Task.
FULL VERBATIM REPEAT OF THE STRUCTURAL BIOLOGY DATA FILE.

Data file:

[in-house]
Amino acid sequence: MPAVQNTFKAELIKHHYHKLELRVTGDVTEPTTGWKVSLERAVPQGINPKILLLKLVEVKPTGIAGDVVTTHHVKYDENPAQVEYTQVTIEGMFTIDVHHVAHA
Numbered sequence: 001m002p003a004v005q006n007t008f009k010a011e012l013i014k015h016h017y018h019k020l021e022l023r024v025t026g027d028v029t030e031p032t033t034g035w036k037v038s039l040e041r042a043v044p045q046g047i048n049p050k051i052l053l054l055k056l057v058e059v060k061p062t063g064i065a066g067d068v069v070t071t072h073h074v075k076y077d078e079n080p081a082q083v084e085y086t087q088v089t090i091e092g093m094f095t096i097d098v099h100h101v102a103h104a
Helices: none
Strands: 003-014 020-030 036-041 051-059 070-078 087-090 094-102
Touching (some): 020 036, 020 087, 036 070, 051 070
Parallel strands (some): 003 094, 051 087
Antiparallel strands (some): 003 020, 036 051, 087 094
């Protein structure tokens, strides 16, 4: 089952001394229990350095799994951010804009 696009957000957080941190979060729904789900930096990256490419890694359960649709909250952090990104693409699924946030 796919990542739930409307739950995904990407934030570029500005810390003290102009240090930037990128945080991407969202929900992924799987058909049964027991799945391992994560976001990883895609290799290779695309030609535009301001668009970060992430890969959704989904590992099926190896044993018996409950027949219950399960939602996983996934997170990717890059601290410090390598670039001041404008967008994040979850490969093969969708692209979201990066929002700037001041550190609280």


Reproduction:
[in-house]
Amino acid sequence: MPAVQNTFKAELIKHHYHKLELRVTGDVTEPTTGWKVSLERAVPQGINPKILLLKLVEVKPTGIAGDVVTTHHVKYDENPAQVEYTQVTIEGMFTIDVHHVAHA
Numbered sequence: 001m002p003a004v005q006n007t008f009k010a011e012l013i014k015h016h017y018h019k020l021e022l023r024v025t026g027d028v029t030e031p032t033t034g035w036k037v038s039l040e041r042a043v044p045q046g047i048n049p050k051i052l053l054l055k056l057v058e059v060k061p062t063g064i065a066g067d068v069v070t071t072h073h074v075k076y077d078e079n080p081a082q083v084e085y086t087q088v089t090i091e092g093m094f095t096i097d098v099h100h101v102a103h104a
Helices: none
Strands: 003-014 020-030 036-041 051-059 070-078 087-090 094-102
Touching (some): 020 036, 020 087, 036 070, 051 070
Parallel strands (some): 003 094, 051 087
Antiparallel strands (some): 003 020, 036 051, 087 094
């Protein structure tokens, strides 16, 4: 089952001394229990350095799994951010804009 696009957000957080941190979060729904789900930096990256490419890694359960649709909250952090990104693409699924946030 796919990542739930409307739950995904990407934030570029500005810390003290102009240090930037990128945080991407969202929900992924799987058909049964027991799945391992994560976001990883895609290799290779695309030609535009301001668009970060992430890969959704989904590992099926190896044993018996409950027949219950399960939602996983996934997170990717890059601290410090390598670039001041404008967008994040979850490969093969969708692209979201990066929002700037001041550190609280």